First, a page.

Alert Sounded By IMD For Extreme Heat Wave In Parts Of North India

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New Delhi: The India Meteorological Department (IMD) has issued alert for extreme heat wave in west Rajasthan, Haryana, Delhi and Chandigarh. India continues to reel under the impact of extreme weather events, heat waves developed across northwest and central India.

Heat wave conditions were also experienced in Madhya Pradesh, Vidarbha in Maharashtra, East Rajasthan, Gujarat, Madhya Pradesh, Himachal Pradesh, Uttarakhand, and Uttar Pradesh.

Palam experienced the first heat wave of the season on Wednesday as the mercury level touched 45.2 degrees Celsius. The rest of Delhi reeled under near-heat wave conditions, missing the benchmark by just one degree.

IMD has issued a warning of heat wave in Delhi over the next four days as well and temperatures could soar to 45 degrees Celsius by Sunday, the regional weather forecasting centre has warned.

“Hot winds from the west, a clear sky and scarcity of moisture in the air are helping the mercury shoot up. It could touch 45 degrees by the weekend,” said a scientist with the regional weather forecasting centre in New Delhi.

The heat wave conditions are likely to persist in northwest and central India till Sunday, according to an IMD forecast.

Typically, the met department declares a heat wave when the day temperature shoots up by at least 5 degrees above the climatic normal.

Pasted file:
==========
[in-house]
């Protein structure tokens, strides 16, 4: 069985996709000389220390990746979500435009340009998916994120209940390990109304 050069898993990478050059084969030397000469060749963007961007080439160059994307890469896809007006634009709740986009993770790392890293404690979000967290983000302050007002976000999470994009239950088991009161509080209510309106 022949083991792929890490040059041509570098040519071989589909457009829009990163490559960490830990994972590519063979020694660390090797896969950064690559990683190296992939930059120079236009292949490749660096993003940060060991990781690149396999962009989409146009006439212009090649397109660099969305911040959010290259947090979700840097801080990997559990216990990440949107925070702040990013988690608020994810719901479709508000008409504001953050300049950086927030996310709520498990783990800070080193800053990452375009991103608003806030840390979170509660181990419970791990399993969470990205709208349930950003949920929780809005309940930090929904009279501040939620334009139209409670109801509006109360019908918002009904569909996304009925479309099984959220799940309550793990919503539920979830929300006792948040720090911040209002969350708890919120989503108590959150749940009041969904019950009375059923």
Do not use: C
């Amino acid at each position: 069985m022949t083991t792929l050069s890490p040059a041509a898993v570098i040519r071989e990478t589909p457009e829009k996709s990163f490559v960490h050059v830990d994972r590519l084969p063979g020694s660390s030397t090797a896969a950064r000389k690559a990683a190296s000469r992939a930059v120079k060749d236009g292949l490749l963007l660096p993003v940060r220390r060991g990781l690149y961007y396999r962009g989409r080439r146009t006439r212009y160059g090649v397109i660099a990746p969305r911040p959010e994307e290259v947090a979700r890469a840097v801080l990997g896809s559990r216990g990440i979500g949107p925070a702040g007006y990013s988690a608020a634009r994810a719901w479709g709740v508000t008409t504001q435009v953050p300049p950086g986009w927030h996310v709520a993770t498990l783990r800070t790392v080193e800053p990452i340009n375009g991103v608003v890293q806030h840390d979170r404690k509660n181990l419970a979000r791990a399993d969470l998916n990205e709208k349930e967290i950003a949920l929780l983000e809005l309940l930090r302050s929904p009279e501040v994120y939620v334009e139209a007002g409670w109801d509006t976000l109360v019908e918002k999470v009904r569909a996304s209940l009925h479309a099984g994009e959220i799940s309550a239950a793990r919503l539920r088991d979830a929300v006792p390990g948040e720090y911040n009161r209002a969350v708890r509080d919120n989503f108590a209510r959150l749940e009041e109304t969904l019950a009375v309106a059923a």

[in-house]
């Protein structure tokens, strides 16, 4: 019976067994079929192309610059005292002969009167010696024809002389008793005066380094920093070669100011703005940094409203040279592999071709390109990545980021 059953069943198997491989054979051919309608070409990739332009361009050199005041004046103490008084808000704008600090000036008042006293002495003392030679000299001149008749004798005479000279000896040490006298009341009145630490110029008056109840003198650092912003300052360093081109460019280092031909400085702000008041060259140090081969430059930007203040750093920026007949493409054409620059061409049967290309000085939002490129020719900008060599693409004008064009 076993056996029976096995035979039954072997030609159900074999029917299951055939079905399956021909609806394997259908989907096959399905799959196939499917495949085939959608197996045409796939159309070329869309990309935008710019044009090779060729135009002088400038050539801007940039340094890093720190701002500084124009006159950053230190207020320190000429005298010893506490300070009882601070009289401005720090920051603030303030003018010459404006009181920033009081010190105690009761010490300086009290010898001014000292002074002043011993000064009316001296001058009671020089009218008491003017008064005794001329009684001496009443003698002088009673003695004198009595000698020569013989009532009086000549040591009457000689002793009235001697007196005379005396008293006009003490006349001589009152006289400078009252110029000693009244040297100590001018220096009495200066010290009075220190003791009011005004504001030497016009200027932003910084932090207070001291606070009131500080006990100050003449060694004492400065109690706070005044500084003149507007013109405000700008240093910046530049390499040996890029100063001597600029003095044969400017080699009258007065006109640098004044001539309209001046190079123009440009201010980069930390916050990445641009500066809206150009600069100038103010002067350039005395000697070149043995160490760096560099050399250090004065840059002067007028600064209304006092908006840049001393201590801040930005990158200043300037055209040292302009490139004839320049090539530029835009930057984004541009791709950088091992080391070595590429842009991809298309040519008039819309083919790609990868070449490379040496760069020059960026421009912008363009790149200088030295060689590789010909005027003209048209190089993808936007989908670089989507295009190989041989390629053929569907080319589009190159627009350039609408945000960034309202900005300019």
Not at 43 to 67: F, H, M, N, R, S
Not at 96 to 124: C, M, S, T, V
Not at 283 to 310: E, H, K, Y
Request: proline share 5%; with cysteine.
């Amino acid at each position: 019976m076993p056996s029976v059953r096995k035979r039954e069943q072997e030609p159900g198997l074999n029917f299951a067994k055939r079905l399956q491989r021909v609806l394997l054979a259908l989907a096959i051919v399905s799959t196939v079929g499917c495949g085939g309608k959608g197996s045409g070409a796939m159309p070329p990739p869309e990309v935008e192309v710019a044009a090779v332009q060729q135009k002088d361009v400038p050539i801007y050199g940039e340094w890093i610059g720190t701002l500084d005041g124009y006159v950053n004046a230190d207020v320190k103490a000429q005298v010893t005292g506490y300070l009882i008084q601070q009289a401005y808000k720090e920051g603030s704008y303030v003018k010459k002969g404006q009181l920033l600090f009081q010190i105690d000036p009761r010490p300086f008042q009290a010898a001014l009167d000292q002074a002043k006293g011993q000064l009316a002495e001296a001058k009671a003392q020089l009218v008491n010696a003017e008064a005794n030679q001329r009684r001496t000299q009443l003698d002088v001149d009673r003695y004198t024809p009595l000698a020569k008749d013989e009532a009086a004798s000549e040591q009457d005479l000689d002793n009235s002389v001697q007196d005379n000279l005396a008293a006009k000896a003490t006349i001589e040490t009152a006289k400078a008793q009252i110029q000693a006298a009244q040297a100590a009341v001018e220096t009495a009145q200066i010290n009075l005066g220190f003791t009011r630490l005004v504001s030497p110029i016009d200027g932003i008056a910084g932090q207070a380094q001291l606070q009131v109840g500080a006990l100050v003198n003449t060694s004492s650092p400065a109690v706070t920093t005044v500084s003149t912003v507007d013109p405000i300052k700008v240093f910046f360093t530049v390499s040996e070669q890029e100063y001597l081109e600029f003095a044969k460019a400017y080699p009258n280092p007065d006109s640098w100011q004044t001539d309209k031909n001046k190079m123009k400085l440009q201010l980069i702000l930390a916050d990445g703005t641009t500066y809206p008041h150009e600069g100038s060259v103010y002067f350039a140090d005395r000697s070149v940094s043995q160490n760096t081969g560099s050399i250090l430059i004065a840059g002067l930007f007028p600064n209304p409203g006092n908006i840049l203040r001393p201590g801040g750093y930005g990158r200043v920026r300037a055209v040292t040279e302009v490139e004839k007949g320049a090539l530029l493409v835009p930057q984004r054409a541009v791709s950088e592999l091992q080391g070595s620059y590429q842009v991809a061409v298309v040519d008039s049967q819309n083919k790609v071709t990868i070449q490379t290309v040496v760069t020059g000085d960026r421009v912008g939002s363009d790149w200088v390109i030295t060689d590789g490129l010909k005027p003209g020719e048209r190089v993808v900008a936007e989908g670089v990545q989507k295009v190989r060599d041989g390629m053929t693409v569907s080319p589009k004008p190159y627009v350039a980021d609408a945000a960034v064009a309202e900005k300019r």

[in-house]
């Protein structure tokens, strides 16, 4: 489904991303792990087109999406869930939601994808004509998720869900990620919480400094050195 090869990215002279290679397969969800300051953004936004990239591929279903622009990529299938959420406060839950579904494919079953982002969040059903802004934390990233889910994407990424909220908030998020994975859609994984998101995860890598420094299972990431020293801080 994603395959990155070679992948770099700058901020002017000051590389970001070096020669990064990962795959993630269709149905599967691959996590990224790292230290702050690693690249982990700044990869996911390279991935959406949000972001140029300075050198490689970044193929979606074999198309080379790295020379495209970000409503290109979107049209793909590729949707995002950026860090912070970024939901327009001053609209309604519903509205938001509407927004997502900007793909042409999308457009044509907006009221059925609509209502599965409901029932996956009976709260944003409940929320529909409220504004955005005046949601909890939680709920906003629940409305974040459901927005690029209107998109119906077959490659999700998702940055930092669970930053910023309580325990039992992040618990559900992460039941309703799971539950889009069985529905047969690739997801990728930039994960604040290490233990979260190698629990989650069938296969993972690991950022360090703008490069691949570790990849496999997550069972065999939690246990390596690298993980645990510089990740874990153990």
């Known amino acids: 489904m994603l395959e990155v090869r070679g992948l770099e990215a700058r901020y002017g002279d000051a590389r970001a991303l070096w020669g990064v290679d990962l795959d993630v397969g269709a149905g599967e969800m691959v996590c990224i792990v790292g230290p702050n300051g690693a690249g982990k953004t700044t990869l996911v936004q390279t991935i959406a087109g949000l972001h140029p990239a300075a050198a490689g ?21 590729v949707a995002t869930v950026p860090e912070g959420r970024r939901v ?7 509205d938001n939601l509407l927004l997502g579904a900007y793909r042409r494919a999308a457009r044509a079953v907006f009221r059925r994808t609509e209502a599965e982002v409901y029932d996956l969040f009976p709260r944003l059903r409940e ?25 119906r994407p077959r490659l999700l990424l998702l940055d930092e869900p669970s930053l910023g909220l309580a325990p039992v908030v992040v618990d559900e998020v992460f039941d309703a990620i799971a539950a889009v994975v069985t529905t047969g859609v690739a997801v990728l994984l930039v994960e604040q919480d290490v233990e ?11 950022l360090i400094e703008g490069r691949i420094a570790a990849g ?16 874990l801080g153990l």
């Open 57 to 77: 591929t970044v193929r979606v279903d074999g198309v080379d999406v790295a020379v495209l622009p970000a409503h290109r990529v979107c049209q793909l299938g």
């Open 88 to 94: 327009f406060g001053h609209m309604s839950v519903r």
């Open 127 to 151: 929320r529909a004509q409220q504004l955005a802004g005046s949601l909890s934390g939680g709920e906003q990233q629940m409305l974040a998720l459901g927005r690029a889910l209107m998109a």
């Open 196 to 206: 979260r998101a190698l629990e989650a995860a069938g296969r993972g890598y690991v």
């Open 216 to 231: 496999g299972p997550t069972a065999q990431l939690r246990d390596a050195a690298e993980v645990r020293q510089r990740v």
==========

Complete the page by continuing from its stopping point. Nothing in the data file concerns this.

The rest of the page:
According to IMD,the temperature then tends to breach 40 degrees Centigrade in the plains and 30 degrees C in the hills.

However, if temperatures breach the 45 degrees C mark in the plains it also qualifies as a heat wave.

Research shows that the average length of heatwaves in India increased by 0.8 days on average between 2000-16 compared to 1986- 2008. In 2015 the largest number of fatalities from extreme weather were heat-related (2081).

Heat-related deaths do not necessarily reflect average temperatures but rather exposure to extreme heat. The greatest at risk from heat-related effects like dehydration, heat and sun strokes are workers, homeless people and the elderly. Exposure to the heat is linked to a rise in cardiovascular and respiratory problems.

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